Last March Screen Slate published Cosmo Bjorkenheim’s “True/False 2020: The Last Film Festival,” a dispatch from the Columbia, Missouri nonfiction film festival that took place as the severity of COVID-19 belatedly captured the public's attention in the U.S. (The festival concluded March 8, three days before the WHO declared COVID-19 a global pandemic, and about two weeks before many states shut down nonessential businesses.) As Bjorkenheim wrote then, “So much seems to have changed in the past week, socially, economically, and philosophically, that the world of ten days ago feels like a distant memory. ... Now, more than ever before in our lifetimes, it's absolutely imperative to think collectively rather than individualistically.”
Over the past fifteen months, the concept of a film festival as an in-person community gathering has shifted to accommodate new online formats, and now, as public health guidelines begin to relax, True/False is one of several festivals pursuing a hybrid online and in-person format. To address this change, Screen Slate asked True/False veteran Nicolas Rapold to remotely team up with Bjorkenheim to contribute an IRL vs. URL column. Cosmo kicks things off by reporting from the ground May 5-9, followed by Rapold filing from New York City.
In primordial lagoons, scaly creatures pined for land. Soon they jumped ashore and struggled to process air through their gills until they developed lungs. Over the epochs, struggling to locomote turned their fins into legs. Hundreds of thousands of years of adapting organs for a new environment eventually yielded early land mammals, but it took hundreds of thousands of years of failure to get there.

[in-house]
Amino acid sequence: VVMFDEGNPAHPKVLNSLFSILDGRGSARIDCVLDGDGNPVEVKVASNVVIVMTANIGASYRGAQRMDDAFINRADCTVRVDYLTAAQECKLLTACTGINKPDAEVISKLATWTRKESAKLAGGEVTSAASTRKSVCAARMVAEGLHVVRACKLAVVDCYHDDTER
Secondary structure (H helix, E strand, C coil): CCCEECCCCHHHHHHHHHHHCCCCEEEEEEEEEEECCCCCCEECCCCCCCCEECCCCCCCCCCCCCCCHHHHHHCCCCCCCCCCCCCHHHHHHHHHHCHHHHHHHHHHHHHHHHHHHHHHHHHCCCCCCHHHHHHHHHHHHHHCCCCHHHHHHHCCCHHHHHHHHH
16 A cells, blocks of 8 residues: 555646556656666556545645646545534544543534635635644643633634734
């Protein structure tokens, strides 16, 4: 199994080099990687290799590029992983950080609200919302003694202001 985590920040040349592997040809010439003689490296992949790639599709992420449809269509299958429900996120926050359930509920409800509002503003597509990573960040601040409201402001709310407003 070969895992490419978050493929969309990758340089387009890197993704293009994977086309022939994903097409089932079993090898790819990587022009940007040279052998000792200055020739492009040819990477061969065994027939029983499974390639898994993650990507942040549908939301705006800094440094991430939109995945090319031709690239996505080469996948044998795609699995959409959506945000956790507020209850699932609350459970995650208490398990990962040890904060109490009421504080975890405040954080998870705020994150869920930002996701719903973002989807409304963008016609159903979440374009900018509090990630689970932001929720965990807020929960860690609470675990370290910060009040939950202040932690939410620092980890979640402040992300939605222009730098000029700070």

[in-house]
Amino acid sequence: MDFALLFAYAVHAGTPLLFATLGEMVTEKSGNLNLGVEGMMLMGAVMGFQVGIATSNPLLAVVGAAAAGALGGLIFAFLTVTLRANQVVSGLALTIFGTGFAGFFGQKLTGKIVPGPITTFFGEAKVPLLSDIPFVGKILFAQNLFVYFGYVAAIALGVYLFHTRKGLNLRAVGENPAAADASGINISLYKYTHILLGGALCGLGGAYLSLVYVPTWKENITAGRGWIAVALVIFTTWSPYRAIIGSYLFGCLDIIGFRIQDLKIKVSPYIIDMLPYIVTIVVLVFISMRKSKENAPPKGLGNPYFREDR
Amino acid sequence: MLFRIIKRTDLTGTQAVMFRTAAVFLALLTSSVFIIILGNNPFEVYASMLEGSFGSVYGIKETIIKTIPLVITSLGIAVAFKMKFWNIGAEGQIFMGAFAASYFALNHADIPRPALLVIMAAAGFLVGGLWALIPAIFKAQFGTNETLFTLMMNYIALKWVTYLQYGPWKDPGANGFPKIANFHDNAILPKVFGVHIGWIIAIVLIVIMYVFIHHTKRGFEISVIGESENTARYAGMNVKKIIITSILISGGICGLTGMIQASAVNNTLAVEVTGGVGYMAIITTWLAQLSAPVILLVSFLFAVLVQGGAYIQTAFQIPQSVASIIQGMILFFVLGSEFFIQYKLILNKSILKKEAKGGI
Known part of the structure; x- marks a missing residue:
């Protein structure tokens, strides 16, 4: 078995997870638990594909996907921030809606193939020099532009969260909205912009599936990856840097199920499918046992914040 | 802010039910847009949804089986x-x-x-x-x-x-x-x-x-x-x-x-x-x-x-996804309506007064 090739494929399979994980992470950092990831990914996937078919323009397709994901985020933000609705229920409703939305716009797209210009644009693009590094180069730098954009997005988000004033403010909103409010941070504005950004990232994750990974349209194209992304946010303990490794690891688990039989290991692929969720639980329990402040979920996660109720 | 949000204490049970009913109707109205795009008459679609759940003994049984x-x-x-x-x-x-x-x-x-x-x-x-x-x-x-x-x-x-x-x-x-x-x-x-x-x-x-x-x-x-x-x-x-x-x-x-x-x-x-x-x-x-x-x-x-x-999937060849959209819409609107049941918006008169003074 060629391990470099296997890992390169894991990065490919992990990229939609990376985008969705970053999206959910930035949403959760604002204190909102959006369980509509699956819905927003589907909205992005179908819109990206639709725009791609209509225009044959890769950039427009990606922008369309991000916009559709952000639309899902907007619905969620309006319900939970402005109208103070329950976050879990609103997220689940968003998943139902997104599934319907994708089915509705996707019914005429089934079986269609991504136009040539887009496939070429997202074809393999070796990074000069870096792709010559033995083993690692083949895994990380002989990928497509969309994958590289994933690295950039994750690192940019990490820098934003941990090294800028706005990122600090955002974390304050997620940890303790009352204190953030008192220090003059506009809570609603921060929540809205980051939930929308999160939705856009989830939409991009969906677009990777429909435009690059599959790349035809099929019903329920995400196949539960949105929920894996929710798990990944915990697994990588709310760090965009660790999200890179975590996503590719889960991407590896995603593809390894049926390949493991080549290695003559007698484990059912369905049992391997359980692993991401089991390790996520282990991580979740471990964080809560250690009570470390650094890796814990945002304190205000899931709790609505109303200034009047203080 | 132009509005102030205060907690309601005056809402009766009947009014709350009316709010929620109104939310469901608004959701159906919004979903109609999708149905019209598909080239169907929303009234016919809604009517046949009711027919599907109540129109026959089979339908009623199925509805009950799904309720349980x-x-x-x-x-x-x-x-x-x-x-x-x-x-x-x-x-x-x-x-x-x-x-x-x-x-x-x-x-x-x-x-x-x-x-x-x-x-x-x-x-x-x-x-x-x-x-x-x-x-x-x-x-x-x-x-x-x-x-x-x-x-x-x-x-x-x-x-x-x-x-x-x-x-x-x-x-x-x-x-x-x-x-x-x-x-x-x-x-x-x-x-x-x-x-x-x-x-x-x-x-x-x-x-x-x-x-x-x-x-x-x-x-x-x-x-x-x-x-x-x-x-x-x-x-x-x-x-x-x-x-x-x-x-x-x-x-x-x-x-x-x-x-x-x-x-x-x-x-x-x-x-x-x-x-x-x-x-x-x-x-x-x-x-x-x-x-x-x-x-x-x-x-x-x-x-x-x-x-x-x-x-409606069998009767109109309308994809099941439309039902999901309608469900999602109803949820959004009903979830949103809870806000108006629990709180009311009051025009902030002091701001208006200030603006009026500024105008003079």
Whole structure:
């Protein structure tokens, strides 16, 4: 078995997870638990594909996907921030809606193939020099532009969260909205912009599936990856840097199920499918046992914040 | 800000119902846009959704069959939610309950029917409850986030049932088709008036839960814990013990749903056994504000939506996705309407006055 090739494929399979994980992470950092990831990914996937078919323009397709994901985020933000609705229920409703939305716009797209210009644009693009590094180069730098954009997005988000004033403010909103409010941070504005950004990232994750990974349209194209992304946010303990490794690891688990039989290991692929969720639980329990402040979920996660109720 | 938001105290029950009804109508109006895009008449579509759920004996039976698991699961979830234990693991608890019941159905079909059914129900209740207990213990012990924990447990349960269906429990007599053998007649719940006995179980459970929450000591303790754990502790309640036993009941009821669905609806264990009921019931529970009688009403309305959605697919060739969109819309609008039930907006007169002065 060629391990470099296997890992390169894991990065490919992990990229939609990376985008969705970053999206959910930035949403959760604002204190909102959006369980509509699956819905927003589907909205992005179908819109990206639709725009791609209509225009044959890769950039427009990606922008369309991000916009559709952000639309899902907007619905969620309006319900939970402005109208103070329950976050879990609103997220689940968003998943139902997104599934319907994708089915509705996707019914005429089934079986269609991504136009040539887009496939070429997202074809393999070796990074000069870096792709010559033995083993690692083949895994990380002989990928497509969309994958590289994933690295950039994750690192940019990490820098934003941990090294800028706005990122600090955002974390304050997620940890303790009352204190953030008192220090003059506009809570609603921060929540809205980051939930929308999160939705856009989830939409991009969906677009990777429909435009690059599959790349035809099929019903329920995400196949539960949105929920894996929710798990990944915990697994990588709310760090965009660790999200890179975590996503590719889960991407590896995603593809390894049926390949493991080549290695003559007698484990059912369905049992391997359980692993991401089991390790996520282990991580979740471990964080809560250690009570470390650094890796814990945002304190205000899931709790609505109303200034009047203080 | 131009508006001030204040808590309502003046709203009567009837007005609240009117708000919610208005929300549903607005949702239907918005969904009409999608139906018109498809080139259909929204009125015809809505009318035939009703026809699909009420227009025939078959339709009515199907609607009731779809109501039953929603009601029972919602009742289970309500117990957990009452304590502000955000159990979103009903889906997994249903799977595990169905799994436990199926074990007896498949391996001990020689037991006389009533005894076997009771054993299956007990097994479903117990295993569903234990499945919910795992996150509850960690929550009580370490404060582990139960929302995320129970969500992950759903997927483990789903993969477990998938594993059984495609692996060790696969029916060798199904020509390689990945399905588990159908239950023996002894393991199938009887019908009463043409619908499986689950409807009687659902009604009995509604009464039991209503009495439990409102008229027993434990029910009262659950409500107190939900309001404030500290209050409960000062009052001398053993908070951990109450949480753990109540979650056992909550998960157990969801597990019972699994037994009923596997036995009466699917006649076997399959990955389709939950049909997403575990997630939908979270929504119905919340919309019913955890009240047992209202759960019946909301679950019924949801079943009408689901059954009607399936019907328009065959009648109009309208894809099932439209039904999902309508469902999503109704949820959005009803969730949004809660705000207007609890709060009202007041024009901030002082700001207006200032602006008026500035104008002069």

Such are the painful first moments of all complex systems, from animals to nations. This year — what some consider to be a year imbued with millenarian promise as well as menace — I have the privilege of witnessing the birth of one such system: the film festival. It feels like being present at Adam Smith’s mythical inception of mercantile capitalism, like hanging out in the prehistoric village where hunter-gatherers first had the idea to divide labor among themselves, acquire professions, and start trading goods.
When, in mid-March of 2020, everything everywhere, from concerts to conferences, was being cancelled, the last film festival on earth was taking place in the Midwestern college town of Columbia, Missouri. Toward the end of the weekend, the mood was weird, uncertain. Was this a good idea? Will this ever happen again?
In 2021, the leadership of the Ragtag Film Society, which runs True/False, decided to answer these questions by not allowing the pandemic to compel them to skip a single year of the festival’s still-unbroken 18-year run. Departing from the trend set by heavy hitters like Sundance and SXSW — or even titans within the doc fest world, like DOC NYC and Cinéma du réel — True/False didn’t opt for an online-only edition this year, instead launching an experimental, mostly-outdoor hybrid event that would require its staff to more or less reinvent the event’s entire operational structure.
I didn’t realize what a challenging proposition this was until I arrived in Columbia (or, as some locals call it, especially in the context of asking tourists to support local business, CoMo) and made my way to the Riechmann Pavilion in the city’s 116-acre Stephens Lake Park to pick up my festival pass. Roads leading to the park, in which the festival’s four outdoor screens are all located, were closed, sending confused attendees back to Ragtag Cinema a mile away to park and search for a shuttle that was rumored to transport them to the screening areas. When I asked a box office attendant about the protocol, she sighed and said, “Nobody knows.”